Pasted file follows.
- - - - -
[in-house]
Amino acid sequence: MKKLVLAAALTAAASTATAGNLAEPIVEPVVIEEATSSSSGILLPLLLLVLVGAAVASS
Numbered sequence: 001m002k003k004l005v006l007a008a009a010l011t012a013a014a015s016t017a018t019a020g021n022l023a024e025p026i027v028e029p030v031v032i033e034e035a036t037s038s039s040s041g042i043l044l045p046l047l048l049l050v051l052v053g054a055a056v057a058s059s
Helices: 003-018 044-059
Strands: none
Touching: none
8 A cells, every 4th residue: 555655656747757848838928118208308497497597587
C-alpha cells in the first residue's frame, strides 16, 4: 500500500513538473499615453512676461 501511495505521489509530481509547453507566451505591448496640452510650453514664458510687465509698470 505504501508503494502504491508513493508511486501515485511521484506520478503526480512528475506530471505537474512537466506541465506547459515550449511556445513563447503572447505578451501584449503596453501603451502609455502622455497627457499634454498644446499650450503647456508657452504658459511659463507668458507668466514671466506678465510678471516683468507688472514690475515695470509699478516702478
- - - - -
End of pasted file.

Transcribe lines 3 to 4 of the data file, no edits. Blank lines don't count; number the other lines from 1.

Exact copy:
Numbered sequence: 001m002k003k004l005v006l007a008a009a010l011t012a013a014a015s016t017a018t019a020g021n022l023a024e025p026i027v028e029p030v031v032i033e034e035a036t037s038s039s040s041g042i043l044l045p046l047l048l049l050v051l052v053g054a055a056v057a058s059s
Helices: 003-018 044-059